As if the mountain gods heard our woes, a climb just came to us. I wish I could say it was in a dream, but sadly it wasn’t as whimsical as that. We spotted it on some tourist boards in our hotel reception in Salem. Yercaud Hill Station, which sits at 1,420 m, was only 25 km away. We didn’t have to think twice. The very next day it had been added to our route and we headed off for another 1,000+ m climb.
Just as we left the hustle and bustle of Salem centre, we bumped into the president of The Salem Cycle Club (above, left). He was out for his usual morning ride, which didn’t include the climb, but he gave us the lowdown and waved us off. We also got speaking to two more cyclists while we were taking some pre-climb photos (above, right). They said that the climb is very busy with cyclists on the weekends. It’s great to think cycling is such a popular hobby in India. As we began crawling up, a silver fox powered past on a slick road bike. If this professional-looking chap was going for it, it was sure to be a good ride.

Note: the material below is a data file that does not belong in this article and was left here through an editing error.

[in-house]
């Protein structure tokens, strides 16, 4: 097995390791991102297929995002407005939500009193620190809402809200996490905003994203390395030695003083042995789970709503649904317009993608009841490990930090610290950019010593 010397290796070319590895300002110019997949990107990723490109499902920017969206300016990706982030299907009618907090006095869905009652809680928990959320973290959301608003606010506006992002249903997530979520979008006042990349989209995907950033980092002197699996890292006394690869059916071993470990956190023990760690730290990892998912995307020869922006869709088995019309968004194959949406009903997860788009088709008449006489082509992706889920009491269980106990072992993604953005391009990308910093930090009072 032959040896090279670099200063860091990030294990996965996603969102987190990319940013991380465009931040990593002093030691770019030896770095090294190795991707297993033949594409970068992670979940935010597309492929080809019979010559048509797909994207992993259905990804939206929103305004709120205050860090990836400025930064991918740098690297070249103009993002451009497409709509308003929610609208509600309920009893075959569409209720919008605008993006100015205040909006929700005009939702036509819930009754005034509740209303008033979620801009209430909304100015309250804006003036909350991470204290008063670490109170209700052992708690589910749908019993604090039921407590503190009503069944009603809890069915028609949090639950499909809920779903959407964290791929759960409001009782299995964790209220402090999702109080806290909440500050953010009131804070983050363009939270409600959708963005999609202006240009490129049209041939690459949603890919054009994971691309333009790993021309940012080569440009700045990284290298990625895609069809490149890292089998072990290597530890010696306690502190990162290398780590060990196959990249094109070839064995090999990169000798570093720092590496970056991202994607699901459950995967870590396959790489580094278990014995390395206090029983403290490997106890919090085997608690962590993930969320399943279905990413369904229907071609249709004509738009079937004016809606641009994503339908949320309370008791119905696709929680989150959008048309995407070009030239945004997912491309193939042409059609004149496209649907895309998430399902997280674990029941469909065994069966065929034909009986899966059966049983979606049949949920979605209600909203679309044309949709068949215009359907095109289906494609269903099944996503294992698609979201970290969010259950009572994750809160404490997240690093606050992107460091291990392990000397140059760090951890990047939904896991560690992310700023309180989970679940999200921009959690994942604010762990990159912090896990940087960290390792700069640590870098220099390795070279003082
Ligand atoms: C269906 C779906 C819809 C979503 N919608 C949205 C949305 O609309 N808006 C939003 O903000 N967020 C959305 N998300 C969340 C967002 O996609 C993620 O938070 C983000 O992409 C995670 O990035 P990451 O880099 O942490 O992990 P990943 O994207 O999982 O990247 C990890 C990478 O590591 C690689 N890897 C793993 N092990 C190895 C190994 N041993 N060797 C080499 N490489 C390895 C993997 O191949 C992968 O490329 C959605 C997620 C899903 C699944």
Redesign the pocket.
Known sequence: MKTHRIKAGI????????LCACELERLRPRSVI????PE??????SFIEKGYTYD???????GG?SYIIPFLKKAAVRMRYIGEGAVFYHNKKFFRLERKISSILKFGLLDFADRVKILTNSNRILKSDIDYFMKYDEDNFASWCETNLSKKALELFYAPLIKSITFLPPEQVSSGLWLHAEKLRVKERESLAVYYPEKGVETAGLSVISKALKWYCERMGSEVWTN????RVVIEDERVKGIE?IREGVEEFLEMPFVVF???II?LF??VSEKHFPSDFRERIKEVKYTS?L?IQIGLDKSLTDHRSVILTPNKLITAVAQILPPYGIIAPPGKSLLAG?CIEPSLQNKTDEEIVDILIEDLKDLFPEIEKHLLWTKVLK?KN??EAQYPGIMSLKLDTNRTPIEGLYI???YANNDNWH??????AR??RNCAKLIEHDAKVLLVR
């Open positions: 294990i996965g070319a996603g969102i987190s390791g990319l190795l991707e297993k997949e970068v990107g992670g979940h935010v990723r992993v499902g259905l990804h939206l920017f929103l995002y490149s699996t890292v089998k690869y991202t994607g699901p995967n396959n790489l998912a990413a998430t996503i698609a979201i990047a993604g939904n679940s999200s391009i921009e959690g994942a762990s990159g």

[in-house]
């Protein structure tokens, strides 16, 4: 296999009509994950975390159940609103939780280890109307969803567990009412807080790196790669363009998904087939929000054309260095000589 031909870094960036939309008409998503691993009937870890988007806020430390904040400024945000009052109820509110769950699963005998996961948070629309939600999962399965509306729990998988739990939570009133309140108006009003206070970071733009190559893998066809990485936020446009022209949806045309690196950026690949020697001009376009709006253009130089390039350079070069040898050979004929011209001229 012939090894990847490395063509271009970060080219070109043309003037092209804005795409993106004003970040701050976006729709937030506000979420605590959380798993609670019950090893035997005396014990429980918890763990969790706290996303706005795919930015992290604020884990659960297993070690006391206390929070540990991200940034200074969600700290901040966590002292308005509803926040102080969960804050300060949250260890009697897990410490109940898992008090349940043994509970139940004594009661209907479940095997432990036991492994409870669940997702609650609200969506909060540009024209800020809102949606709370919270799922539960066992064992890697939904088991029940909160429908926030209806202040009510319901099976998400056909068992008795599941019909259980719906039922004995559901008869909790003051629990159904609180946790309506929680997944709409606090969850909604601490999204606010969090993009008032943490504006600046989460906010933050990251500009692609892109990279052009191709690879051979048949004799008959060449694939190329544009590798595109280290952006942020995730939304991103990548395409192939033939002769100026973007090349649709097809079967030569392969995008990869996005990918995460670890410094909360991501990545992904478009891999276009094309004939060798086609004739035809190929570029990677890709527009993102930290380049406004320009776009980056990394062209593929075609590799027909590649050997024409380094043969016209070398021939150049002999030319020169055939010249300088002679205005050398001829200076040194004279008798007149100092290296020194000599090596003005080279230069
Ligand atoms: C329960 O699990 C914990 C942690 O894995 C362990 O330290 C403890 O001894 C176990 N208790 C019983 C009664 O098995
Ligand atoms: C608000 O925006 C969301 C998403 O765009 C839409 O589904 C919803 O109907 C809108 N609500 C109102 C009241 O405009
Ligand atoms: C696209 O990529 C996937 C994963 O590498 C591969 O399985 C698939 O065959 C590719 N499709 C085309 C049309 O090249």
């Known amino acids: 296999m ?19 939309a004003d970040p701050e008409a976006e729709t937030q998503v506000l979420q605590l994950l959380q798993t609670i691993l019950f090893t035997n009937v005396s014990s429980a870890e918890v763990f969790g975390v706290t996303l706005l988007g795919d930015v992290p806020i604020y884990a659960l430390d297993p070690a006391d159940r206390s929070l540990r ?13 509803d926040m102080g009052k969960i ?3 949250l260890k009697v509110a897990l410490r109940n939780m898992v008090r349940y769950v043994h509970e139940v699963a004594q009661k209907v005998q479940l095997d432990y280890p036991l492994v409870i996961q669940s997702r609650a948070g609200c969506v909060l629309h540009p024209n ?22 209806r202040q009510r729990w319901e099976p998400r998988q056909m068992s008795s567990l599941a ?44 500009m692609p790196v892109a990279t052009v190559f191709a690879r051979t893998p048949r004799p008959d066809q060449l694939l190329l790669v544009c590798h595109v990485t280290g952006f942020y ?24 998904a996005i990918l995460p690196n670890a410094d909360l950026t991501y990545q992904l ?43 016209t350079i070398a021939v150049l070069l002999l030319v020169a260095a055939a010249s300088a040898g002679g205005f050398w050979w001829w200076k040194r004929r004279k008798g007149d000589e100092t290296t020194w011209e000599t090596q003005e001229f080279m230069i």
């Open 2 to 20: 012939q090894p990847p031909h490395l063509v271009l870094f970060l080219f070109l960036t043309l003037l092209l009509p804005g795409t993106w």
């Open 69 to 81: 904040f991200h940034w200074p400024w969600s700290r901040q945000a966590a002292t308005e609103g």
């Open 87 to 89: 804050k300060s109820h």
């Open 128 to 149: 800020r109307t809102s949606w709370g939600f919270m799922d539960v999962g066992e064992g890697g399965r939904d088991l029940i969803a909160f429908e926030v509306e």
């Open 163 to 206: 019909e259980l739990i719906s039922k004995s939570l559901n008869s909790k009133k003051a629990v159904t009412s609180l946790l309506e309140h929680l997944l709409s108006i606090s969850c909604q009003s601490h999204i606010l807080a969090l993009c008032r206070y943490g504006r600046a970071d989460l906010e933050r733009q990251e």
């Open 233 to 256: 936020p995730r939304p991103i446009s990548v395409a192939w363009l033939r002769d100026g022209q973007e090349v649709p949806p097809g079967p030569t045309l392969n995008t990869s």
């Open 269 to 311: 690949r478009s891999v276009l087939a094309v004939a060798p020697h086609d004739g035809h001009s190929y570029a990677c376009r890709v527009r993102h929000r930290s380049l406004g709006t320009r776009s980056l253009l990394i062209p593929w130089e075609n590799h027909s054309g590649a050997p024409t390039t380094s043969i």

The route change did not disappoint. From Salem to Yercaud it was 30 km with 1,106 m of elevation. The climb itself was 1,036 m over 20 km, which included 20 impressive hairpin bends. I mean proper hairpin bends – they even counted down as you climbed higher. It was the perfect last climb. Except for forgetting snacks, which is so unlike us. We were pretty hungry and were relieved to find some chai and fruit vendors after the 12th hairpin.